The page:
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Dominant 7th #9

Registered: 10-2003
Posts: 2200
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Organ Passages from the Concerto Night (1969)


I had a question about two passages that Jon Lord played the night of the Concerto in 1969.

The first one is in regard to the 2nd Movement (Andante). At about the 14m:00s mark on the CD, Jon goes into his main solo after IG is done singing his "What Shall I Do..." segment.

Within this organ solo, roundabout the 14m:45s to 15m:15s mark, he plays that real dark, nasty organ passage that almost sounds like gothic horror music. Lots of parallel perfect 4ths and 5ths with no thirds in the chords.

My question is what do you call this kind of music? What would be the genre that he pulled from when he played this part? And what inspired him to play it, as it sounds so dark, and not like the rest of the Concerto? Was he influenced by a famous piece of classical music or was that created by him?
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The second question is in regard to "Wring That Neck" (the version played the night of Sept. 24, 1969, that also appears on the the Powerhouse album):

At about 8m:20s to 8m:30s into this song on the CD, there is a beautiful organ passage that he weaves through before the rest of the band resolves back to the infamous "Wring That Neck" hook line. In my mind it almost sounds like a music line you would hear in an Italian opera.

What genre would you classify that line in and where did he get that from, and does anyone else here know the line I'm talking about?

It only lasts about 0:10s but Jon's use of open chording as he voices it with the deep organ bass pedals is just outstandingly beautiful....in a wickedly powerful way.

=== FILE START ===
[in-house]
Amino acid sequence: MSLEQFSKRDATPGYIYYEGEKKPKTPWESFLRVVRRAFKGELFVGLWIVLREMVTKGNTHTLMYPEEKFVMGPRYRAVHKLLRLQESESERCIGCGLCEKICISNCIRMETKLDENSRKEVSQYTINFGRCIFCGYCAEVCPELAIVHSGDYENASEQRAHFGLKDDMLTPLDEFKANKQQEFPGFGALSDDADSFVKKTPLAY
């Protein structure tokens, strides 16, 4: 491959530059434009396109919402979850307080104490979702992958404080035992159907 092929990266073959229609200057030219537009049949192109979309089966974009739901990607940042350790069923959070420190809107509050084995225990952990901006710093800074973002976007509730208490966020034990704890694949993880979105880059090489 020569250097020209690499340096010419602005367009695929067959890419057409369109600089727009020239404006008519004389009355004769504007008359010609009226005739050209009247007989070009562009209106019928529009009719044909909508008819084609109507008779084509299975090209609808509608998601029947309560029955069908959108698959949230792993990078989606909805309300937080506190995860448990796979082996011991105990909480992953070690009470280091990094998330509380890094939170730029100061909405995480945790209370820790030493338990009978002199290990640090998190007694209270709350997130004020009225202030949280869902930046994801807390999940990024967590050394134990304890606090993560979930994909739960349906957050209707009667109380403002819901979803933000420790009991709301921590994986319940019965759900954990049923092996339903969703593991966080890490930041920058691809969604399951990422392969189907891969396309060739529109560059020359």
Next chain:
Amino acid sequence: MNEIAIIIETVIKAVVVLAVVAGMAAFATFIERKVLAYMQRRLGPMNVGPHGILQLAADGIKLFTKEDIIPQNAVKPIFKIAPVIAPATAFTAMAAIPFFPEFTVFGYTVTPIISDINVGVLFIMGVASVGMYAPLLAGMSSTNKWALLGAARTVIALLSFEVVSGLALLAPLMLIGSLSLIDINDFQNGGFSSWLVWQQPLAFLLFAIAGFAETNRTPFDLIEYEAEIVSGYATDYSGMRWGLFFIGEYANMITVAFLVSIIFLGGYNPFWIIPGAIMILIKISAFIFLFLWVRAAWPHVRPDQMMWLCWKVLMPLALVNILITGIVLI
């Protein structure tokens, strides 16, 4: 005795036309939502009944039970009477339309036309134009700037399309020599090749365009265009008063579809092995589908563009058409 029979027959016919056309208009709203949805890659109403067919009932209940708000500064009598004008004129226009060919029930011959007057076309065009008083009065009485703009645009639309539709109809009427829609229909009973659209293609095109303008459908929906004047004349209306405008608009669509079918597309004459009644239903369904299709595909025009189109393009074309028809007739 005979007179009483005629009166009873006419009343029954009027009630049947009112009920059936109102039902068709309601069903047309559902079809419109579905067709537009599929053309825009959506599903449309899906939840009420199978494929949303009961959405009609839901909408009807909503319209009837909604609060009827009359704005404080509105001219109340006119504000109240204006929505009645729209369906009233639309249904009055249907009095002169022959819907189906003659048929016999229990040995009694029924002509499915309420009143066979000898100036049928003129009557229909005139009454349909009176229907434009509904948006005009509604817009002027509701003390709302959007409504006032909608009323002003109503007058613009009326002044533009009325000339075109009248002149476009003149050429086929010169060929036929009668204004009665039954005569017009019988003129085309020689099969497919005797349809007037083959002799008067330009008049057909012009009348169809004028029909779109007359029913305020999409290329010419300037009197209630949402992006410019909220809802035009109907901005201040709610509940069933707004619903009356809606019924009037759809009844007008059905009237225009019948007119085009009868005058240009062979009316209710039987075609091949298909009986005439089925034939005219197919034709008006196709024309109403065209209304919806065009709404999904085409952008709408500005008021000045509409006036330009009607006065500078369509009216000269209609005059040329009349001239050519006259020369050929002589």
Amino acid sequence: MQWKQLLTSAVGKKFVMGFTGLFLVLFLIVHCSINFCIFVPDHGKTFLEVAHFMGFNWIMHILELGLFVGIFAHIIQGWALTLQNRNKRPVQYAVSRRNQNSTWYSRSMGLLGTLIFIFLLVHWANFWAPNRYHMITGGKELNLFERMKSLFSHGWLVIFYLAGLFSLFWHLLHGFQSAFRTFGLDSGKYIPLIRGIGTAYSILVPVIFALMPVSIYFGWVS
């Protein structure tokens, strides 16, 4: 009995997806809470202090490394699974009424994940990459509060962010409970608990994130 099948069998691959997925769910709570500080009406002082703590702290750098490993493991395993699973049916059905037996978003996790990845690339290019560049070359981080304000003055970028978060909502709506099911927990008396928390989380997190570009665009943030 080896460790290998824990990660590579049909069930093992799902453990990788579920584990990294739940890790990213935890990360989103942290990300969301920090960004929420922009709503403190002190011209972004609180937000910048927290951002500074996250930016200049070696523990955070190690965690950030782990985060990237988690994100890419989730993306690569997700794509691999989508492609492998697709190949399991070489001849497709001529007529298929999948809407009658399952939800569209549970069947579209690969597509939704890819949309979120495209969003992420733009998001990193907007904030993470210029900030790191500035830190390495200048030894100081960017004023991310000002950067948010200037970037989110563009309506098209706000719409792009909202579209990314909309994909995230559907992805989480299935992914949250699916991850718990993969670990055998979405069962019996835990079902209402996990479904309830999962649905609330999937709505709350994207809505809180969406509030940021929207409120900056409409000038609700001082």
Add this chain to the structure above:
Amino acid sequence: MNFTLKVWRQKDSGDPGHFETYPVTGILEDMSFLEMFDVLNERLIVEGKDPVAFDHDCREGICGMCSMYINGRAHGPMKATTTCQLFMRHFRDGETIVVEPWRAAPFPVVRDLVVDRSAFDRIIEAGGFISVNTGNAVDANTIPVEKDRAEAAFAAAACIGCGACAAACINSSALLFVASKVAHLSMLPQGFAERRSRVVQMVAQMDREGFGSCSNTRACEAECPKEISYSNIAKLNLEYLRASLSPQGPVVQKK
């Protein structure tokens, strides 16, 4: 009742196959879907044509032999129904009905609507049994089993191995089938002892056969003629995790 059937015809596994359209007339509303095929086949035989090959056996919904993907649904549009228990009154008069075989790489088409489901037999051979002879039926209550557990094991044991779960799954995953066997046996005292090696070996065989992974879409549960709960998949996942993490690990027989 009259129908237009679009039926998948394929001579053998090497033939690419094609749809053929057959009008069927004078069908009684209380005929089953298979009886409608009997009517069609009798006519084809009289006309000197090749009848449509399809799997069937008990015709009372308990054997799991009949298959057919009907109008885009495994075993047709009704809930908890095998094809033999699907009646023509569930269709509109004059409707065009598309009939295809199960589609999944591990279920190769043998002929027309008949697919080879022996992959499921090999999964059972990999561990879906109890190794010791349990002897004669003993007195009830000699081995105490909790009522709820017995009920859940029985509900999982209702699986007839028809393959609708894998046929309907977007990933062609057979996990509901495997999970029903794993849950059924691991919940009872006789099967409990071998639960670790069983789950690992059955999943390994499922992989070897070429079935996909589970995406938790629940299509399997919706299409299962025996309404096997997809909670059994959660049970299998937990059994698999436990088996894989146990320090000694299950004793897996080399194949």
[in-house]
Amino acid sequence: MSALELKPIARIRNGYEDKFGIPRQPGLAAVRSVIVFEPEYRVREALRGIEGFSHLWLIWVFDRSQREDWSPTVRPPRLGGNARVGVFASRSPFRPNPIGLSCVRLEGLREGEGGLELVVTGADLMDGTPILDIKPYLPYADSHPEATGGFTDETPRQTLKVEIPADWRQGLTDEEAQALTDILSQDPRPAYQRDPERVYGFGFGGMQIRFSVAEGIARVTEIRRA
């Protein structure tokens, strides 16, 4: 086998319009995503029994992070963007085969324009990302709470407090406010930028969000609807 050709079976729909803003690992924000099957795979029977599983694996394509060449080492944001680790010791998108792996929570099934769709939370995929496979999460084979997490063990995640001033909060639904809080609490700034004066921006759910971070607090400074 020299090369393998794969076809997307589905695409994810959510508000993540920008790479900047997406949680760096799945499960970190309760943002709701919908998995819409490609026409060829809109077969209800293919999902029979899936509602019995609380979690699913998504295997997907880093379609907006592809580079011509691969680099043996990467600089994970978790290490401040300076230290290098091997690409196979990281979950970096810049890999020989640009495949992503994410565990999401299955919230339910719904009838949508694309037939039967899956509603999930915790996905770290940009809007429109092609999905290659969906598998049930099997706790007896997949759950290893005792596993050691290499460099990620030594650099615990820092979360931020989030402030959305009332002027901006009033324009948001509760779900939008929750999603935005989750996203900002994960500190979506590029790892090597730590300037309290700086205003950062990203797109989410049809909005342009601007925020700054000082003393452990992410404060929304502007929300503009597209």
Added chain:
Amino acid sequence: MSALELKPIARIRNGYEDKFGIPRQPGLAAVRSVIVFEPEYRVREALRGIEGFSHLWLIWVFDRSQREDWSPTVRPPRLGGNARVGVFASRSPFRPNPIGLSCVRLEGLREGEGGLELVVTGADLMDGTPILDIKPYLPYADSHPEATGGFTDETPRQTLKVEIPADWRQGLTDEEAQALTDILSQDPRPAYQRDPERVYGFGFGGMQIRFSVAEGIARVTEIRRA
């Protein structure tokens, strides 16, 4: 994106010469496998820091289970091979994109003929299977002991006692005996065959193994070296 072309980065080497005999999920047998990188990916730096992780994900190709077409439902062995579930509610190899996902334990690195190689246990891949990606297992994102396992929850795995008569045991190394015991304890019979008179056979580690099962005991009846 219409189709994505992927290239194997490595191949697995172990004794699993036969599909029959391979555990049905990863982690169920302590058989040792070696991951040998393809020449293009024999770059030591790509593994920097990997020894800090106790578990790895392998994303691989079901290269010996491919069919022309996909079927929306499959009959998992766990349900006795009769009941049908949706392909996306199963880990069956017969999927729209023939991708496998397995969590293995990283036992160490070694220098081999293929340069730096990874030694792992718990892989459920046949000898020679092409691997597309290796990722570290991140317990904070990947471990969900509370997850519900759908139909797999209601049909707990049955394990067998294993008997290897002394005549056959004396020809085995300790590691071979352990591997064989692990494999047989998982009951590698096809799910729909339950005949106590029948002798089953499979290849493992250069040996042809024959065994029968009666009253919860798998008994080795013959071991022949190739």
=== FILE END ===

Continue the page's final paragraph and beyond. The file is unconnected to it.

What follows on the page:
Talk about an organ line that gives goosebumps. If ever I had to pick the shortest JL organ line that says the most with as few notes as possible, that would have to be the one.

Last edited by B3Burner, 9/10/2005, 1:10


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John O'Flaherty
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"I play the only musical instrument that's more like a piece of furniture." -- Jon Lord
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Purple fan

Registered: 09-2003
Posts: 6042
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Re: Organ Passages from the Concerto Night (1969)


Interesting details you point out there, John. I totally agree on the goosebump part! emoticon

Otherwise I have no idea how to answer your questions. emoticon

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"The sun's not yellow - it's a chicken!"
2/6/2005, 19:52 Link to this post Send Email to Atle   Send PM to Atle Blog
 
Milan Fahrnholz Profile
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Purple fan

Registered: 09-2003
Posts: 17842
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Re: Organ Passages from the Concerto Night (1969)


1) Movement 2: This is interesting I think this kinda slows the whole movement down to a point of total climax(weird as it may sound) but the first half of that sounds very pompous(a process of doing things where the hammond is astonishingly good at) while the second half sounds almost like funeral music and that sums up the mood of the whole "slow movement" of the concerto, I wouldn´t put it in a drawer as it´s simply an essential part of the "conceptual continuity"(Frank Zappa) of the second movement as a whole.